Thanks to those MS-fans at TechRepublic, I’ve found a quite interesting piece by Fortune writer David Kirkpatrick, who went with Gates on a business diplomacy tour a few weeks ago. Below layers of gossipy adulation there is real journalism and a good analysis, put with Gate’s own words:
Today Gates openly concedes that tolerating piracy turned out to be Microsoft’s best long-term strategy. That’s why Windows is used on an estimated 90% of China’s 120 million PCs. “It’s easier for our software to compete with Linux when there’s piracy than when there’s not,” Gates says. “Are you kidding? You can get the real thing, and you get the same price.” Indeed, in China’s back alleys, Linux often costs more than Windows because it requires more disks. And Microsoft’s own prices have dropped so low it now sells a $3 package of Windows and Office to students.
That’s it in a nutshell.
Gates has recently concluded an agreement with the Chinese government and is trumpeting it as a success. And it is, of a sort. Let’s see:
- Microsoft has tolerated for years the stratospheric level of piracy that the Chinese government allowed. The net effect of this was to discourage the spread of alternatives such as Linux (even those sponsored by the Chinese government): you could have “the real thing” for less than Linux.
- If anybody doubts that this is exactly the policy they’ve been pursuing in every other market (allow piracy as a sort of “entry level pricing”, so as to keep cheaper competitors out)… you have it from the horse’s mouth now. And I believe the same goes for Adobe’s Photoshop and almost every other “industry standard” used by the general public.
- This sets in stone, as a proven fact, the relationship between copyright enforcement and the price of software. It is not support, it is not cultural fairness: people only buy it when they have no other chance.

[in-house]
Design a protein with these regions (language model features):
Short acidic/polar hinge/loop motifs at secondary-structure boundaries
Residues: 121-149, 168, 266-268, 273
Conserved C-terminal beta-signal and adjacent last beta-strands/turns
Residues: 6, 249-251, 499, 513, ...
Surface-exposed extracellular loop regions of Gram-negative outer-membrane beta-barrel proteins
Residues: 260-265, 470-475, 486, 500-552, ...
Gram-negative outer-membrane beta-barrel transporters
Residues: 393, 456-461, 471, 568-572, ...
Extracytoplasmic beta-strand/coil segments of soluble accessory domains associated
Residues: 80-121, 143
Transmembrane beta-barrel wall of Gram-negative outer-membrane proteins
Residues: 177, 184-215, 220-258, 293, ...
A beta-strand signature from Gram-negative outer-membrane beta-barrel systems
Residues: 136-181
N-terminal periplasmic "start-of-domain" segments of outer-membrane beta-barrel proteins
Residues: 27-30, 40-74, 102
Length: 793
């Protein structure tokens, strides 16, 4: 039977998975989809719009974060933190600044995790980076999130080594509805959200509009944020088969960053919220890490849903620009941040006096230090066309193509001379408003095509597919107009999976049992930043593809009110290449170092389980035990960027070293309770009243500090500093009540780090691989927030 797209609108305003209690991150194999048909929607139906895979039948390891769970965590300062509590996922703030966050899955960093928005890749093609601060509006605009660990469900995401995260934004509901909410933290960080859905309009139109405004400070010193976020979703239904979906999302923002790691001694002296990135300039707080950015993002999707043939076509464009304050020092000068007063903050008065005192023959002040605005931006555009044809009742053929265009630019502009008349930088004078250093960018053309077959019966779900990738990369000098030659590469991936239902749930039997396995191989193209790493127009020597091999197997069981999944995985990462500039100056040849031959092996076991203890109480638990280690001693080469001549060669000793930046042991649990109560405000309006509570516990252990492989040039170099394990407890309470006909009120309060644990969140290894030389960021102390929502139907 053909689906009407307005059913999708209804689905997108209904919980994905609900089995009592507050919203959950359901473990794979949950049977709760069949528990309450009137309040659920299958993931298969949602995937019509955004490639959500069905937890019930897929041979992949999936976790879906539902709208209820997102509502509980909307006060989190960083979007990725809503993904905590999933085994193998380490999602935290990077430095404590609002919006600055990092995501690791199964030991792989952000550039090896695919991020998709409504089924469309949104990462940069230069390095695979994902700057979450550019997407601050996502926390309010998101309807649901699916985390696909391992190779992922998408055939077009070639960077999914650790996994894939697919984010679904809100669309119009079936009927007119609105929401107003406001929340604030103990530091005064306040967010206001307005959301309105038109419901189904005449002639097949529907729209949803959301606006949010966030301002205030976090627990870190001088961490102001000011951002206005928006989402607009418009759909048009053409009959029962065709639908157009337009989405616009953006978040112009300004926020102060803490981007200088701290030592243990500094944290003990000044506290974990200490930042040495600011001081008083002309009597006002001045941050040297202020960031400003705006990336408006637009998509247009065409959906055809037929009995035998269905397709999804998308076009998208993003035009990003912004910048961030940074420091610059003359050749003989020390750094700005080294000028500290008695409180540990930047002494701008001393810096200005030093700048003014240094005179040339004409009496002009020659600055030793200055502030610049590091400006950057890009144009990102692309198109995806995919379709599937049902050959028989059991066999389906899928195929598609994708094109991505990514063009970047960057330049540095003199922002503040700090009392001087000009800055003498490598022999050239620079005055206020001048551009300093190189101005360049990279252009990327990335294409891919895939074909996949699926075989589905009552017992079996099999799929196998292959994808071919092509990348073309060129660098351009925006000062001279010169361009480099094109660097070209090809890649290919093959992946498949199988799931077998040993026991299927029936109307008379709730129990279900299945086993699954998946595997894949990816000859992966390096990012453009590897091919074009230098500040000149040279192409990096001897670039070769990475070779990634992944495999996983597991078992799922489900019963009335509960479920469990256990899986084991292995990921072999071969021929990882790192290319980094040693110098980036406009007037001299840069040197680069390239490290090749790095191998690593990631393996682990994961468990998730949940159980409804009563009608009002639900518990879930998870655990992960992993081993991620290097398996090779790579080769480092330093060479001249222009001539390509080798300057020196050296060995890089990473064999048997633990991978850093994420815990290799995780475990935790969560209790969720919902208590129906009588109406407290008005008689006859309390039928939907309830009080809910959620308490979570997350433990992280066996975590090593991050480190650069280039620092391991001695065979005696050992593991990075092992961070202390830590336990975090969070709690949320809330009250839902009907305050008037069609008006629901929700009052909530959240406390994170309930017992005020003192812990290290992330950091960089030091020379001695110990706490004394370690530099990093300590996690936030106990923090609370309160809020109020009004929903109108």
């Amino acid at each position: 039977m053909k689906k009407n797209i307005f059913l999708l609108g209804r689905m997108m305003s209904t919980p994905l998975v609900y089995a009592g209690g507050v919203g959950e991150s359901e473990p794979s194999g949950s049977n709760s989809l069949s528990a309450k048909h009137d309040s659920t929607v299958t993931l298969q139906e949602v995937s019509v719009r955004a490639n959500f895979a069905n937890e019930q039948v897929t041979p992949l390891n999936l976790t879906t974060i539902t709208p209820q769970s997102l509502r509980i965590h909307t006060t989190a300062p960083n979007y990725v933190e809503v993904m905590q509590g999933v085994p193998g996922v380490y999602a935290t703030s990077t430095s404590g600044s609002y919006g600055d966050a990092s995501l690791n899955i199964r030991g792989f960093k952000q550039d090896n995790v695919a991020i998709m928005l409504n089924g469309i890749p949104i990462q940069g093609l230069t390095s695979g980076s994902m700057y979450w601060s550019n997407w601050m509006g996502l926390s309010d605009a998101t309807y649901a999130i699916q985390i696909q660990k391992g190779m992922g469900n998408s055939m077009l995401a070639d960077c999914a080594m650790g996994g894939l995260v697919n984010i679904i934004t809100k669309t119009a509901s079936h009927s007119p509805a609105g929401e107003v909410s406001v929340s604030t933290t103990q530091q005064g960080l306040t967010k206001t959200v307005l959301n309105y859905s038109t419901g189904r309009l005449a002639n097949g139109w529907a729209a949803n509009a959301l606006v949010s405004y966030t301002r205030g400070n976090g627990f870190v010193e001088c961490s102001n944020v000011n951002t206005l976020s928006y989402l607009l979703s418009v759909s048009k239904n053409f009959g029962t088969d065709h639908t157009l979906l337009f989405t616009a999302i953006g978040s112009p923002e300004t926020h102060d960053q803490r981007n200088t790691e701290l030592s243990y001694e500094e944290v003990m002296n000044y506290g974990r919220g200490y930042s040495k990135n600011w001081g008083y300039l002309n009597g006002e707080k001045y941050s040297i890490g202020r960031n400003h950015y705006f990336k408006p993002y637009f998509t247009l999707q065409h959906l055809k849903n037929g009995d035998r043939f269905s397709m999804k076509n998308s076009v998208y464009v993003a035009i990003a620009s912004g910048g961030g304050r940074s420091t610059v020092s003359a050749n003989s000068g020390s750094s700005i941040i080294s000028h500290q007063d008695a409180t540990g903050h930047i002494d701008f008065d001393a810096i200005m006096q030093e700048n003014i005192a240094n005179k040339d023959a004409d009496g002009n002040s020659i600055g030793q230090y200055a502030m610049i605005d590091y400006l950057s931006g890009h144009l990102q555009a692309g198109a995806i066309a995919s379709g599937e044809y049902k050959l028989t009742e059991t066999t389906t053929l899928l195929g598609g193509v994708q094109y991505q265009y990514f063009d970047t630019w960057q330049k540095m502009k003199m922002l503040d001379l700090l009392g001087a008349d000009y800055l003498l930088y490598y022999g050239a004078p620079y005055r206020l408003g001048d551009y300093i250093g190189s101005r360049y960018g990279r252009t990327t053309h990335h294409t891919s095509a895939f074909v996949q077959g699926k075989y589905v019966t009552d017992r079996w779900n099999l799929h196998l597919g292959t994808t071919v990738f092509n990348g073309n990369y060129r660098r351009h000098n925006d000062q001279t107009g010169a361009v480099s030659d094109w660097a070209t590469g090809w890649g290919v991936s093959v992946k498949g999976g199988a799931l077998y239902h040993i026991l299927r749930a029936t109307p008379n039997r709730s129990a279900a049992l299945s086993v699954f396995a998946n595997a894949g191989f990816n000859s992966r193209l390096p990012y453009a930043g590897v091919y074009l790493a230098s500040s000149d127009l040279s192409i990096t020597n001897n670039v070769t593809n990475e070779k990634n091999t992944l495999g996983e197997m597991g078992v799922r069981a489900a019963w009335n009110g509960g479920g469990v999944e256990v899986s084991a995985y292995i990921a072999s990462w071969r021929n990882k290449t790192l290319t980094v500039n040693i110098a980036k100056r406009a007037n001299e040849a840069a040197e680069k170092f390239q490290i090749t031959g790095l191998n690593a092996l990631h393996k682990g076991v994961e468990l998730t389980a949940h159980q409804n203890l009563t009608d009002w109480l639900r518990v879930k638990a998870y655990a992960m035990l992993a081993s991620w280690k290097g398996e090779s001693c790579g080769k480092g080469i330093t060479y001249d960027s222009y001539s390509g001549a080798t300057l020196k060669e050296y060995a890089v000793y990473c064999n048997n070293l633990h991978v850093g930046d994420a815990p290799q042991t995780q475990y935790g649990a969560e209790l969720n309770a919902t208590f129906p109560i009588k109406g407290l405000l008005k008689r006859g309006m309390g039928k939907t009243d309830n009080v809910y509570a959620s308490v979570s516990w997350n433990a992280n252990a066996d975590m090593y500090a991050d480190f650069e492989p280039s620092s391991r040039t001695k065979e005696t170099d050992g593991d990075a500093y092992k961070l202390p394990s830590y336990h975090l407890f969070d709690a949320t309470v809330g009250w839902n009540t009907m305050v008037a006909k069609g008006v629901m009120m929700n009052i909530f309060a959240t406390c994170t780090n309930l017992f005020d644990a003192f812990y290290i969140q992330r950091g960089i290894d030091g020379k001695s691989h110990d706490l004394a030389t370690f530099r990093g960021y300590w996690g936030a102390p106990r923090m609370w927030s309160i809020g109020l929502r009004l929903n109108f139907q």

- Incidentally, it also gives a quite clear idea of the main drivers of Linux adoption beyond the realms of the geek. Cost, yes, but also the ability to access and modify the code.
- Last but indeed not least is the use that China has done of its copyright enforcement policy: it has got Microsoft to give in in all fronts. It’s got access to the source code of Windows and permission to modify it (thus enabling it to install a different criptography component). And it’s got Microsoft to, in effect, give away copies of its software: 3 dollares for Windows + Office for students and government workers is cheaper that the Linux distros apparently cost on the street.
On the surface it looks like the late Roman policy towards invaders: agree to consider them allies and entrust them with the land they have just grabbed, keeping some wispy rights for the emperor. Evidently Microsoft is betting on charging more over time (and meanwhile, charging something at least). That will depend on two things: the willingness of China to enforce intellectual property, and the existence of viable alternatives to keep out; lacking the second, Microsoft will have no need to cede access to its code, and lacking the first, Microsoft will keep providing subsidised software until it feels the price pressure in the rest of the world.
India’s policy toward intellectual property is very different, but in one arena it is doing the same: medicine patents. But that is another story.